The mechanism that mediates gravitropism is reasonably well understood. When amyloplasts settle to the bottom of the gravity-sensing cells in the root or shoot, they physically contact the endoplasmic reticulum (ER). This causes the release of calcium ions from inside the ER. This calcium signaling in the cells causes polar transport of the plant hormone indole acetic acid (IAA) to the bottom of the cell. In roots, a high concentration of IAA inhibits cell elongation. The effect slows growth on the lower side of the root while cells develop normally on the upper side. IAA has the opposite effect in shoots, where a higher concentration at the lower side of the shoot stimulates cell expansion and causes the shoot to grow up. After the shoot or root begin to grow vertically, the amyloplasts return to their normal position. Other hypotheses, which involve the entire cell in the gravitropism effect, have been proposed to explain why some mutants that lack amyloplasts may still exhibit a weak gravitropic response.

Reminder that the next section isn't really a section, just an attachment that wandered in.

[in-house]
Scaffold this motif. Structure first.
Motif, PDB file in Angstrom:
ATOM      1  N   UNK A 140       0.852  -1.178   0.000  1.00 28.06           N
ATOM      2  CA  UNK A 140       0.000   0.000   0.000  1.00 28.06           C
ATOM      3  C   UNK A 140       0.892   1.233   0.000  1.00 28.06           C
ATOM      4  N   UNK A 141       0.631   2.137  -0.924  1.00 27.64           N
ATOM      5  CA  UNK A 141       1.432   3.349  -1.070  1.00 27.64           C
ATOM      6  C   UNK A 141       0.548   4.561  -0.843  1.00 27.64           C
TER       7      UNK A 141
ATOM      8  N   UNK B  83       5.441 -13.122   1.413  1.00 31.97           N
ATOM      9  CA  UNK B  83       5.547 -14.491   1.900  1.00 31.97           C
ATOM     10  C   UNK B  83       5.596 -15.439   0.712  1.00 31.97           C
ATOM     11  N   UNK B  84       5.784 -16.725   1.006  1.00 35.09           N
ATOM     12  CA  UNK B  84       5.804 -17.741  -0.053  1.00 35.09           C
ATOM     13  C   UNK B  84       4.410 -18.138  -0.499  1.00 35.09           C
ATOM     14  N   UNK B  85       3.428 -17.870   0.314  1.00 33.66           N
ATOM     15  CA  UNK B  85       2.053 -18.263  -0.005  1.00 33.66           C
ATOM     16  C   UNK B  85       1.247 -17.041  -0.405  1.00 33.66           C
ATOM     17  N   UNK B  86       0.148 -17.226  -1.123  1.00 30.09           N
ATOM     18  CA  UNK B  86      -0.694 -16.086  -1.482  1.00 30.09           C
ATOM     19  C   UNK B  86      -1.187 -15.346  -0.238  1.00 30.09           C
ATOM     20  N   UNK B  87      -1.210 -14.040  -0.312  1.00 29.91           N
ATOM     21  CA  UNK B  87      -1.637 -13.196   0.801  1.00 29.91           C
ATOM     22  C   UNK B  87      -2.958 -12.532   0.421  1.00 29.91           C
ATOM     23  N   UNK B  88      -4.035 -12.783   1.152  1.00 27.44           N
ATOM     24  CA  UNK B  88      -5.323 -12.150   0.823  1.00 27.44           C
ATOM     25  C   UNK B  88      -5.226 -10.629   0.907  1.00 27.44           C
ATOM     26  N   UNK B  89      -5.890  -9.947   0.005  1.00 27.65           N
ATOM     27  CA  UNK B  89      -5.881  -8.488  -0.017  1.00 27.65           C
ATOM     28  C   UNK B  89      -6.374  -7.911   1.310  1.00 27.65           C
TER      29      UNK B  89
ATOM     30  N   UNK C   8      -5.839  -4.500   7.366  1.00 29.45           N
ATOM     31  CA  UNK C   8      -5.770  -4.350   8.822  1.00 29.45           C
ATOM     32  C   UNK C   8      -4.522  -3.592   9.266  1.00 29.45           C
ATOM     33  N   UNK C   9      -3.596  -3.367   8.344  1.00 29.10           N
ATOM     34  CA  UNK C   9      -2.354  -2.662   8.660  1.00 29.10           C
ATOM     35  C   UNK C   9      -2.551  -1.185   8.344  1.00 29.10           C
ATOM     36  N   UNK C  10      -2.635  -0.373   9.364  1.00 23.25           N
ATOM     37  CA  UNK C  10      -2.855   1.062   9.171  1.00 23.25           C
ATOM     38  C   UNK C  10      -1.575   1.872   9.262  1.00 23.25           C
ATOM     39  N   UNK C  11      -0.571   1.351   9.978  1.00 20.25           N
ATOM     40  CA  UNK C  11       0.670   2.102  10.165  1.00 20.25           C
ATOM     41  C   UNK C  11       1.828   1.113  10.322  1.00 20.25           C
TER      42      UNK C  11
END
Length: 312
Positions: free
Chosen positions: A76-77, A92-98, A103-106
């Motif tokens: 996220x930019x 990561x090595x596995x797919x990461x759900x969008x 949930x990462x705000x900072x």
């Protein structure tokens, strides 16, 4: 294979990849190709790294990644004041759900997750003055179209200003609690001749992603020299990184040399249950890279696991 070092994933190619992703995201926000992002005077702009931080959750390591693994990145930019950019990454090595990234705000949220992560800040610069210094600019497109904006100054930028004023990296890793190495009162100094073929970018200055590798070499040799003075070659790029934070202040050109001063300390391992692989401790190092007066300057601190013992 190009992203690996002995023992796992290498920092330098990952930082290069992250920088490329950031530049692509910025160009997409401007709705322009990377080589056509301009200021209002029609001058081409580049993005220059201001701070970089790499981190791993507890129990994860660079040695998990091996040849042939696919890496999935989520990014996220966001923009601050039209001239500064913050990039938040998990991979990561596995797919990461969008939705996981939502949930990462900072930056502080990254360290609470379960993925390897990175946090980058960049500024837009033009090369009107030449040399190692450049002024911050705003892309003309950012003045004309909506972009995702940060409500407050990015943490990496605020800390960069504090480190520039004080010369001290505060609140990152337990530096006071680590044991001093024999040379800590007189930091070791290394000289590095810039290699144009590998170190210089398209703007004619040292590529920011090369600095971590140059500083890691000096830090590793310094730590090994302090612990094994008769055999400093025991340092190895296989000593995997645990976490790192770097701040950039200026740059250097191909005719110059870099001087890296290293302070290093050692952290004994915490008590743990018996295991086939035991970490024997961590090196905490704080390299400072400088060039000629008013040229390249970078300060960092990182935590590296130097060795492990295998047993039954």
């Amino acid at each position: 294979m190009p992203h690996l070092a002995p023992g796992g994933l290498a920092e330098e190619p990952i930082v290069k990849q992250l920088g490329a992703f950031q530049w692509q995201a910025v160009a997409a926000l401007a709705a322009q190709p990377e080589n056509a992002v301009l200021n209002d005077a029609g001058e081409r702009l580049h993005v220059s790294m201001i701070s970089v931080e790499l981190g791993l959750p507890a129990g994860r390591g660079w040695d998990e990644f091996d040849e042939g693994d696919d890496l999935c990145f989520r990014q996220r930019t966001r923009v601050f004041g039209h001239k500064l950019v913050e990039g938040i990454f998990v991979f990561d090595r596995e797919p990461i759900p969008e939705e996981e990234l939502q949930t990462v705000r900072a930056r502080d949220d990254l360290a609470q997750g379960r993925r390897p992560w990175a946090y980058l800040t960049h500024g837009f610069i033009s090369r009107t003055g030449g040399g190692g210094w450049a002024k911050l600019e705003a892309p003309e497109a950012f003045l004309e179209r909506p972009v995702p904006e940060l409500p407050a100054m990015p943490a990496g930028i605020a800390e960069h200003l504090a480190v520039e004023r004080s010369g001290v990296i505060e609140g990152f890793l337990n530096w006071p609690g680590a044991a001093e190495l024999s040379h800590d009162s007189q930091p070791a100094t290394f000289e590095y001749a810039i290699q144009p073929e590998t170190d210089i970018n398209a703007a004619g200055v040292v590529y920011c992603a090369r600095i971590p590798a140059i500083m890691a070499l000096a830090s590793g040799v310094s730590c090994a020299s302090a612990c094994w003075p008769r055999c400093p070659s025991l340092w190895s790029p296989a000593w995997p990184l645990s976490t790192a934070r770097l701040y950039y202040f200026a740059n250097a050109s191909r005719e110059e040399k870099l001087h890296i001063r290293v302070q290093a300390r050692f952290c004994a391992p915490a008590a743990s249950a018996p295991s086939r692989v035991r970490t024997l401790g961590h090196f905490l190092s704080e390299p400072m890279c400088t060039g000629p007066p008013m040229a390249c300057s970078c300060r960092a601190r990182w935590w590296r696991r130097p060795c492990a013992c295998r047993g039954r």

Although stress response pathways are mediated in different ways depending on the stressor involved, cell type, etc., a general characteristic of many pathways – especially ones where heat is the principle stressor – is that they are initiated by the presence and detection of denatured proteins. Because conditions such as high temperatures often cause proteins to denature, this mechanism enables cells to determine when they are subject to high temperature without the need of specialized thermosensitive proteins.  Indeed, if a cell under normal (meaning unstressed) conditions has denatured proteins artificially injected into it, it will trigger a stress response.
Born in Athens, Greece, Dr. Sadis Matalon came to the United States in 1966 as an undergraduate Fulbright Scholar and subsequently received a Bachelor of Arts in Physics from Macalester College, cum laude with Special Departmental Honors (1970), followed by a Master of Science in Physics from the University of Minnesota (1973). He continued with a . in Physiology (1975) under the mentorship of . Wangensteen and entitled his dissertation “Water and Non-electrolyte Solute Transport across the Pulmonary Capillaries in Newborn Rabbits.” Read more